FAQ: How come RM-11749 recommends the same distance separations for LP-250 stations as it does for LP-100?

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The similar distance separations for LP-250 are in respect to co-channel and first-adjacent channel and only towards full-power FM stations within the United States.

This is possible because when the FCC created LPFM in 2000, they included a "buffer zone" around "full-facility" service contour of the full-power station class.

For example, the maximum facility for a full-power Class A FM station is 6,000 watts at 100 meters height above average terrain. This creates a service contour of 28.3 kilometers from the transmitter site over flat terrain.

In addition to that 28.3 km, the FCC added another 20 km to the service contour. The additional "buffer zone" was intended to allow for full-power FM stations to be allowed to relocate by causing minimal impact to LPFM stations. So in the case of the Class-A station, we now have a hypothetical 48.3 km service contour.

Include the interference contours of an LP-100 facility which is 18.6 km for co-channel and 8.0 km for first-adjacent channel.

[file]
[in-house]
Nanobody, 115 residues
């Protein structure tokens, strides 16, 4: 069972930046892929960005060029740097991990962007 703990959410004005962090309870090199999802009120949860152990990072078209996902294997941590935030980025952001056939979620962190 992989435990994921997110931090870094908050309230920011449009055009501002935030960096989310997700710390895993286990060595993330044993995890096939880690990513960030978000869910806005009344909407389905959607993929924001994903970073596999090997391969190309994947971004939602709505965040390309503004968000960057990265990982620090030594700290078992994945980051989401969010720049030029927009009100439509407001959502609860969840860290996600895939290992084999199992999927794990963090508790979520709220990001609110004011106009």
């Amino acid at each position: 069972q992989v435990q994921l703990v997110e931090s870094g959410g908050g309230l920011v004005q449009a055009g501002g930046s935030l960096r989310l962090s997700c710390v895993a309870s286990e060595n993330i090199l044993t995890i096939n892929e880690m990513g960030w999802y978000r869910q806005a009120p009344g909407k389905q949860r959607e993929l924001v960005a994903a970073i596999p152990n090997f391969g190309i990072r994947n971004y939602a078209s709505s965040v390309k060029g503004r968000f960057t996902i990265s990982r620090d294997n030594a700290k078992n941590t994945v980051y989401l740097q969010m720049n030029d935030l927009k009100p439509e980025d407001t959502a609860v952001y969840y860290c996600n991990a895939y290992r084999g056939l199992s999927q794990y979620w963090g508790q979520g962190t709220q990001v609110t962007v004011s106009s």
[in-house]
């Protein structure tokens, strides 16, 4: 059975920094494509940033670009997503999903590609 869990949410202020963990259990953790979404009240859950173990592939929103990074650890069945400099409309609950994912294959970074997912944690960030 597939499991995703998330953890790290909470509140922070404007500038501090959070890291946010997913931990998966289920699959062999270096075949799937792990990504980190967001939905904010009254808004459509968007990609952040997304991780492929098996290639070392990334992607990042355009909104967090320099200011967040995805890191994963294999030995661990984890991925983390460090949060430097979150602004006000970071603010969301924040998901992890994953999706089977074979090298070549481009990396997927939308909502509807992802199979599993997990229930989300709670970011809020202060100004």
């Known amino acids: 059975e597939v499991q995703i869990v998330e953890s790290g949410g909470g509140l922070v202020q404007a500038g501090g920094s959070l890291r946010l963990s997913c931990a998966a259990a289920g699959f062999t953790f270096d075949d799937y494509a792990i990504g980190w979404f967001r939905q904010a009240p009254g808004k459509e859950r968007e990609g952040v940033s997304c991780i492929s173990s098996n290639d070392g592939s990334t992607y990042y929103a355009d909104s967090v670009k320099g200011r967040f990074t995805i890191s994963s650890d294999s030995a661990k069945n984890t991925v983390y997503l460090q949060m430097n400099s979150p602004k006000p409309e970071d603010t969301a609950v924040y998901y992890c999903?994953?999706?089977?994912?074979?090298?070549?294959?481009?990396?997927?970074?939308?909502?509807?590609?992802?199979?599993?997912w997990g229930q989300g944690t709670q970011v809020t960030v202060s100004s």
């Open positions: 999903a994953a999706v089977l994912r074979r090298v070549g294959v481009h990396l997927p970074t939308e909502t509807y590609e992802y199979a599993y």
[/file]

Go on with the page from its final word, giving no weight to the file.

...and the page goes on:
For co-channel, if you add 28.3 for the service contour, 20.0 for the buffer-zone and 18.6 for the LPFM interference contour, you get 66.9 which rounds up to 67 km, the minimum distance separation for a class-A. If the FCC never enacted the buffer zone, LPFM stations could be placed as close as 47 km to Class-A stations (but the number of inward interference issues would have skyrocketed).

When the Local Community Radio Act was passed in 2011, section 3(b) of the LCRA set in stone the minimum distance separations in effect at the time of the legislation's passage, which includes the buffer zone.

When the FCC proposed LP-250 in 2012, it proposed the same co-channel and first-adjacent channel distance separations as LP-100. This was an acknolwedgement that the FCC was willing to break into the buffer zone.

Back to the same LPFM to Class A example, at LP-250, the interference contour of the LPFM is now 23.8 km for co-channel and 10.1 km for first-adjacent channel. If we were to include the full 20 km buffer zone, the minimum distance separation for a Class A would increase from 67 to 72 km. Instead, the FCC went the other way by allowing the additional interference contour to be absorbed by the buffer zone.

Therefore, in respect to Class A on co-channel, the buffer zone has been reduced from 20 km to 14.8 km and for first-adjacent channel, 17.9 km.

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Answer Date: 
Thursday, May 14, 2015